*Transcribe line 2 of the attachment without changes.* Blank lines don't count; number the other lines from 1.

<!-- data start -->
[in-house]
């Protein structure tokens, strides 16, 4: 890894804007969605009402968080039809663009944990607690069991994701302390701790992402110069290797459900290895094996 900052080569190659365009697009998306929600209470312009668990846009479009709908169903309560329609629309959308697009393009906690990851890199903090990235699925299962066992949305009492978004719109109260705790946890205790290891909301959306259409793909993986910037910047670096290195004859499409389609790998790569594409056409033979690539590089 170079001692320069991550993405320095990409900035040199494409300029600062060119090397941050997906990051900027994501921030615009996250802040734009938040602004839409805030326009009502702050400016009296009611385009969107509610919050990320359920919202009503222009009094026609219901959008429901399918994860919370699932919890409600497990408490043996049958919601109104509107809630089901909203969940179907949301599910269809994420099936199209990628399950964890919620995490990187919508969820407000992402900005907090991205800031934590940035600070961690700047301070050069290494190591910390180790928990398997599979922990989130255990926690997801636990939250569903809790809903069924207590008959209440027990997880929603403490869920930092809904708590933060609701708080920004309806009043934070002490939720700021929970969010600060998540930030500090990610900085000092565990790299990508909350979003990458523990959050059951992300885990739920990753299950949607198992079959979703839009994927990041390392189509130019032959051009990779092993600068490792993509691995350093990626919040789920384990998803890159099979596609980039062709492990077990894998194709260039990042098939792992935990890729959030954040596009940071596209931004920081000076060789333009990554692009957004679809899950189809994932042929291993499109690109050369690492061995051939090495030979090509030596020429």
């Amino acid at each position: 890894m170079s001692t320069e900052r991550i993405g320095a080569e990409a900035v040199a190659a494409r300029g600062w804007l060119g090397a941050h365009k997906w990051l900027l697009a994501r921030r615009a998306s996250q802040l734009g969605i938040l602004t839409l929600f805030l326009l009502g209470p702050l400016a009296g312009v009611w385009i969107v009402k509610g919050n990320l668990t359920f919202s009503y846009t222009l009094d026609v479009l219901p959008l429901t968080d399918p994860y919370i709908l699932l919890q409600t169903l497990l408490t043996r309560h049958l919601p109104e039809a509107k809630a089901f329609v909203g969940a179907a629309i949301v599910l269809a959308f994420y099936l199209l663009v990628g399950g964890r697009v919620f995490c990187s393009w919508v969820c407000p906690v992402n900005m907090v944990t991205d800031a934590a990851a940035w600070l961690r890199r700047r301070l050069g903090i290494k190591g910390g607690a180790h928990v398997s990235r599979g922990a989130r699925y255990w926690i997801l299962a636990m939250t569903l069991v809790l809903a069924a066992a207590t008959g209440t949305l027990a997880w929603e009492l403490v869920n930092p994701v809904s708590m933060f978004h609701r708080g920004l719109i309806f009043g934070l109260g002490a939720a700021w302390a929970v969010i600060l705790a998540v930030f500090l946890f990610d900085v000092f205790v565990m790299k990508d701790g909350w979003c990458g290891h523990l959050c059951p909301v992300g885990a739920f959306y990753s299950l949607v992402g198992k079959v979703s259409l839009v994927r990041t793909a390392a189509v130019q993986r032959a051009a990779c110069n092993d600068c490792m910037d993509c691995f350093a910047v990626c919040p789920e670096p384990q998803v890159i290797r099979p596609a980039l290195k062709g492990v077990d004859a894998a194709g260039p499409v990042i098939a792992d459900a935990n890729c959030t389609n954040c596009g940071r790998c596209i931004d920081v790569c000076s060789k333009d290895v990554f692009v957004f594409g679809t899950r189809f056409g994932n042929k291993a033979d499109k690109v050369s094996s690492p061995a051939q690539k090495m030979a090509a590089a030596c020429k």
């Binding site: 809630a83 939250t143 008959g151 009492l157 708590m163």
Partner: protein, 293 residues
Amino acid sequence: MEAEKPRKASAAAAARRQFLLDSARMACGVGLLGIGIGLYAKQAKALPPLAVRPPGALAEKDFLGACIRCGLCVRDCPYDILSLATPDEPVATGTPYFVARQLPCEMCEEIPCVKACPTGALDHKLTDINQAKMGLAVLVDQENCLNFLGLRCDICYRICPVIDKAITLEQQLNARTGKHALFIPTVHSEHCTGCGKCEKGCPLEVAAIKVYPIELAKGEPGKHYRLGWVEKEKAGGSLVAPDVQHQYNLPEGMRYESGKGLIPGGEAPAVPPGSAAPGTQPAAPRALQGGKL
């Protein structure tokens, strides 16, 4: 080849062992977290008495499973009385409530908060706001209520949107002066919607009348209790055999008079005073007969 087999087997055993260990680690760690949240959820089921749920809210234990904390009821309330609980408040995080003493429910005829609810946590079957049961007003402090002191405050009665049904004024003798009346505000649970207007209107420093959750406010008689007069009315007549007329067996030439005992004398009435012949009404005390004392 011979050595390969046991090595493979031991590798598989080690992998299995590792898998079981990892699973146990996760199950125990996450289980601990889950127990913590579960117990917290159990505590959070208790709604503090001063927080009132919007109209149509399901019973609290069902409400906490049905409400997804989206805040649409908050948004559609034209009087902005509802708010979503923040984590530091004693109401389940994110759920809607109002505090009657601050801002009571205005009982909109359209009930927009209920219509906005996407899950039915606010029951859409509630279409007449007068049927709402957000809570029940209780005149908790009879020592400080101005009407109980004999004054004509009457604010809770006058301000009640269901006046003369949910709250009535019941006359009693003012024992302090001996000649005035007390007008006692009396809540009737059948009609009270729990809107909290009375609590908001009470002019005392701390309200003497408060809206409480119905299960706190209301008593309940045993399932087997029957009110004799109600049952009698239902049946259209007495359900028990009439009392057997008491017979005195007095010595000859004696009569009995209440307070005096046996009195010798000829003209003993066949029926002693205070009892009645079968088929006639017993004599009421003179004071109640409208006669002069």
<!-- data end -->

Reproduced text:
């Protein structure tokens, strides 16, 4: 890894804007969605009402968080039809663009944990607690069991994701302390701790992402110069290797459900290895094996 900052080569190659365009697009998306929600209470312009668990846009479009709908169903309560329609629309959308697009393009906690990851890199903090990235699925299962066992949305009492978004719109109260705790946890205790290891909301959306259409793909993986910037910047670096290195004859499409389609790998790569594409056409033979690539590089 170079001692320069991550993405320095990409900035040199494409300029600062060119090397941050997906990051900027994501921030615009996250802040734009938040602004839409805030326009009502702050400016009296009611385009969107509610919050990320359920919202009503222009009094026609219901959008429901399918994860919370699932919890409600497990408490043996049958919601109104509107809630089901909203969940179907949301599910269809994420099936199209990628399950964890919620995490990187919508969820407000992402900005907090991205800031934590940035600070961690700047301070050069290494190591910390180790928990398997599979922990989130255990926690997801636990939250569903809790809903069924207590008959209440027990997880929603403490869920930092809904708590933060609701708080920004309806009043934070002490939720700021929970969010600060998540930030500090990610900085000092565990790299990508909350979003990458523990959050059951992300885990739920990753299950949607198992079959979703839009994927990041390392189509130019032959051009990779092993600068490792993509691995350093990626919040789920384990998803890159099979596609980039062709492990077990894998194709260039990042098939792992935990890729959030954040596009940071596209931004920081000076060789333009990554692009957004679809899950189809994932042929291993499109690109050369690492061995051939090495030979090509030596020429």